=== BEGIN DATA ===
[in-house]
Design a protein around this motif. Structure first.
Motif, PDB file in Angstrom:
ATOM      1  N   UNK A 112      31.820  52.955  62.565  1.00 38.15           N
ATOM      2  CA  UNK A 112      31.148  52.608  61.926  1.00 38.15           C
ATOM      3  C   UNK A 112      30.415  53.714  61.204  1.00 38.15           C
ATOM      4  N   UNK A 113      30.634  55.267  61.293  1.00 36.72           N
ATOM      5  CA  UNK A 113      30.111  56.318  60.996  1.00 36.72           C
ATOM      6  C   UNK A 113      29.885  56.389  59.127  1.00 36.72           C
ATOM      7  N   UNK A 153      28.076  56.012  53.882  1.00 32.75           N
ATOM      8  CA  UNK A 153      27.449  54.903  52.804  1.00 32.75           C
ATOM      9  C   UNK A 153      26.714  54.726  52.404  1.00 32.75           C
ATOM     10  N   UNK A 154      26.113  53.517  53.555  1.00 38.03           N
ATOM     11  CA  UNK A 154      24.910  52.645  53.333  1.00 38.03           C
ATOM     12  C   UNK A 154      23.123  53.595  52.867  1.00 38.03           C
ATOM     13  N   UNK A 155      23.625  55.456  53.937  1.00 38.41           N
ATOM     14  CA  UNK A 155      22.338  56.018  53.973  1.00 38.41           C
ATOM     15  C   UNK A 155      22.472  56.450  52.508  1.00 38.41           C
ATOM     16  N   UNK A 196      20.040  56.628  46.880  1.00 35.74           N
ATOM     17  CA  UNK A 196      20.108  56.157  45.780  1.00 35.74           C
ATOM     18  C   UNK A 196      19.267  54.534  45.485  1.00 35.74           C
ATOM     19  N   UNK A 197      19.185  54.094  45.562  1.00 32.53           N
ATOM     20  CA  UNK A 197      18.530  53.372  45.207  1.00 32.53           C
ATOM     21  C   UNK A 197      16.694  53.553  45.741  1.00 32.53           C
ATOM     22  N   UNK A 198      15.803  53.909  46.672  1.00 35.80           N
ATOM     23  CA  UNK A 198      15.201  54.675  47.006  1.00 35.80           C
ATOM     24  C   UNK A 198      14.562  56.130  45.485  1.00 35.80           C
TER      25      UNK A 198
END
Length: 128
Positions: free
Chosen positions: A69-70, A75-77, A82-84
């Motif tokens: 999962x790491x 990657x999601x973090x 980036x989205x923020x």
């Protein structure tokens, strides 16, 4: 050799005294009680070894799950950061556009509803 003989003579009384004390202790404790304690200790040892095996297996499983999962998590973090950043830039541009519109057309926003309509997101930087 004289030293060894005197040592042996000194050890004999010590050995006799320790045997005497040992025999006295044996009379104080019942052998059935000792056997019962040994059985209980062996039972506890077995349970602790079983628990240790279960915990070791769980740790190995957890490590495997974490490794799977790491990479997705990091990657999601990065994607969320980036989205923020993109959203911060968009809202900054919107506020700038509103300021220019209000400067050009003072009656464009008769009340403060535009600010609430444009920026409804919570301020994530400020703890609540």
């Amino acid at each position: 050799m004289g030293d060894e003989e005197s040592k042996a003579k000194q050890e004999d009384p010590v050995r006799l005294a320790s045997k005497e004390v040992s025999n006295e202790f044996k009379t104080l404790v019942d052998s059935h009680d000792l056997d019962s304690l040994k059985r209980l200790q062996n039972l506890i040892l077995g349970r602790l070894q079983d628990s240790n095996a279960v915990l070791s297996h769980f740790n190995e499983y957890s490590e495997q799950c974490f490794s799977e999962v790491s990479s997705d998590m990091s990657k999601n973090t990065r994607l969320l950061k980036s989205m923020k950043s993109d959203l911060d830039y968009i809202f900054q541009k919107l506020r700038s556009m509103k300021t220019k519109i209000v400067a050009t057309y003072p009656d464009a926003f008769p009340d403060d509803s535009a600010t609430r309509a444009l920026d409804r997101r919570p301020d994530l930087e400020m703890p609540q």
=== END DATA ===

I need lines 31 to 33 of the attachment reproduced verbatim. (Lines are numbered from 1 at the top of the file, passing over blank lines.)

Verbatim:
Positions: free
Chosen positions: A69-70, A75-77, A82-84
């Motif tokens: 999962x790491x 990657x999601x973090x 980036x989205x923020x």